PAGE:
For the first time since I emigrated to Canada, I am going to vote in a U.S. election. Even better, I’m going to vote in the Democratic primary (hopefully—the logistics of doing so may prevent it).
I’m very concerned about the election down south. Although the Canadian economy is fundamentally different than the U.S. economy (budget surplus vs. deficit, net oil exporter vs. oil junkie), the U.S. economy is such a juggernaut that when it faceplants, we’re going to feel the downward pull in a big way.
More important than the money is the character. I have to vote for Barak Obama, if only to send a major wakeup call to the present day politicians. Business as usual is not okay. Not that I’ve ever been okay with it—I believe with all my heart that electoral fraud helped elect George W., a.k.a. “The Shrub”. This is not okay!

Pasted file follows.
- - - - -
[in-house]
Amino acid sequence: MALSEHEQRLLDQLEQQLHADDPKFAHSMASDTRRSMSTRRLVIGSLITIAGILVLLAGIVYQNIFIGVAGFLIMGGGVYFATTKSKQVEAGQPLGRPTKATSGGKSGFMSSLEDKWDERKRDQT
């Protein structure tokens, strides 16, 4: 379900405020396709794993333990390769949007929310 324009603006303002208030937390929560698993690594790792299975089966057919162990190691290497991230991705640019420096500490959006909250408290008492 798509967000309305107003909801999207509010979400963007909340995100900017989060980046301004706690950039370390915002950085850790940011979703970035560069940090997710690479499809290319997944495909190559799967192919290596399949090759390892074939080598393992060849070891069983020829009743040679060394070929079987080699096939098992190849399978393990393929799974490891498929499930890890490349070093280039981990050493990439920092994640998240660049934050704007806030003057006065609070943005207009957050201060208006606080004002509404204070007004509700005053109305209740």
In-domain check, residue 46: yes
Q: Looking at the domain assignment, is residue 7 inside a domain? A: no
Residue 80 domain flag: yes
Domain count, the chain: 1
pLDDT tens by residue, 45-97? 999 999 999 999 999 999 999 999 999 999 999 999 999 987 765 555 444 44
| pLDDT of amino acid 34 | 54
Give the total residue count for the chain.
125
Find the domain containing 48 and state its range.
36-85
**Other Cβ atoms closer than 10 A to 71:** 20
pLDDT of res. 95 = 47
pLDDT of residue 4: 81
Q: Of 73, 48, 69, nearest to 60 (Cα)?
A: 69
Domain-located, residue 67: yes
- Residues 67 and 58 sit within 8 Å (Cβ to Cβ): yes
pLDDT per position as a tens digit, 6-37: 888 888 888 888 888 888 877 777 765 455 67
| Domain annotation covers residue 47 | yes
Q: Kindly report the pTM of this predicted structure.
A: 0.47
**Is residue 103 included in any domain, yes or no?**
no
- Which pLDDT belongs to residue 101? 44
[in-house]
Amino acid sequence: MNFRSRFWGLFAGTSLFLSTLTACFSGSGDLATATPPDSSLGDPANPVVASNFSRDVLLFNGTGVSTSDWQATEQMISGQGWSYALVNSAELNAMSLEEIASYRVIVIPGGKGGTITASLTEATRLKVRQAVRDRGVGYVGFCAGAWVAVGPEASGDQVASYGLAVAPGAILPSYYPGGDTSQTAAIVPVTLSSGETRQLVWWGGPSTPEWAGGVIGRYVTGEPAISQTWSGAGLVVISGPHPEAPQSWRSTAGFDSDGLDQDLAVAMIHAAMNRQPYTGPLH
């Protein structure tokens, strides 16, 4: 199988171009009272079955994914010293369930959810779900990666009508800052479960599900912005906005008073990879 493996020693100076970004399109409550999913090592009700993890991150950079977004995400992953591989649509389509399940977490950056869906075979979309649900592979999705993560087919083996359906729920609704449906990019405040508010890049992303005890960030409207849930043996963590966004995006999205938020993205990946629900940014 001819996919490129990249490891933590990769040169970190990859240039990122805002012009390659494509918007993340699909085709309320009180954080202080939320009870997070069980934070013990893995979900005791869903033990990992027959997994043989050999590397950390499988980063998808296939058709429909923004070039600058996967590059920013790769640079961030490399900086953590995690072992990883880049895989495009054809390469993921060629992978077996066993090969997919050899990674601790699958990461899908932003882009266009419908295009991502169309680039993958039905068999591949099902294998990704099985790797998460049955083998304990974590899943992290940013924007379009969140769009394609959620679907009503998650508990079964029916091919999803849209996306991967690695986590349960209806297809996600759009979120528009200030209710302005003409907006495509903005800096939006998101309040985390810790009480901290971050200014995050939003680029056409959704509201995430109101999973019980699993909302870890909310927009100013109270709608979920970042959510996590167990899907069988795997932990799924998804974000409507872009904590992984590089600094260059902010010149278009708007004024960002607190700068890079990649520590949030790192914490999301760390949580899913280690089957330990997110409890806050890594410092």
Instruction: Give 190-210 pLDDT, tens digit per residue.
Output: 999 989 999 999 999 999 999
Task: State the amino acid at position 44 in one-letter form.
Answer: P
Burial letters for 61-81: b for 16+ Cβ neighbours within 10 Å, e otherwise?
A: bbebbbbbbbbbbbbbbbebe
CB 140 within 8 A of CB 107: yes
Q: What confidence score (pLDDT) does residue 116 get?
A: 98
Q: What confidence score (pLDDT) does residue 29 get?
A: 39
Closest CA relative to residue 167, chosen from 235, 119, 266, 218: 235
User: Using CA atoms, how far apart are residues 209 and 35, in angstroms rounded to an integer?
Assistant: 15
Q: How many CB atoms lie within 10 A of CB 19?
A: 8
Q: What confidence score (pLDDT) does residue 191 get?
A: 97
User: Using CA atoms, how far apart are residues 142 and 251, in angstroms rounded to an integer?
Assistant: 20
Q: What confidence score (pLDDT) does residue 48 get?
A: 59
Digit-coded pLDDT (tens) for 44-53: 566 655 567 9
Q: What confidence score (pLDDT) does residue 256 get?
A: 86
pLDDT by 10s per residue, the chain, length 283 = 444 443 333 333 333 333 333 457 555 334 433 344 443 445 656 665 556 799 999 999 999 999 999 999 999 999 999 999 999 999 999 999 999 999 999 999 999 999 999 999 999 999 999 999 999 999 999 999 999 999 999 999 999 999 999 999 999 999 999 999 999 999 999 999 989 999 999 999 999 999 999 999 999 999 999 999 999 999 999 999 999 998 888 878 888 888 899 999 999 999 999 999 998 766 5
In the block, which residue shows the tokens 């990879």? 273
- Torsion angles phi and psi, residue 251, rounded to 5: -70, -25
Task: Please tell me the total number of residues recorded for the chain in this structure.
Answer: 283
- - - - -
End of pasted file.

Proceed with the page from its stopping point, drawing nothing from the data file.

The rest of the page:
Why do I believe this? Because my mother was the person who answered the phone the day the media started calling about problems with the voting process back in 2000. My mom *knew* the woman who designed the ballot with the hanging chads (“We sent Theresa a box of cookies and told her we were behind her.”) Hundreds, if not thousands, of people were purged from the voter’s lists in the Democratic-friendly black and Jewish areas of West Palm Beach county. People who only found out that they were not allowed to vote when they showed up at the polls. People who would have tipped the state of Florida for Gore, giving him enough votes in the electoral college that he would have been sworn in as president. People who weren’t allowed to vote because their names were similar to the name of a convicted felon. Fraud.
Anyway, I intend to vote this time around, both in the primary and the general election. As much as I have embraced my new country, Canada, I am still a U.S. citizen. I assert my right to vote.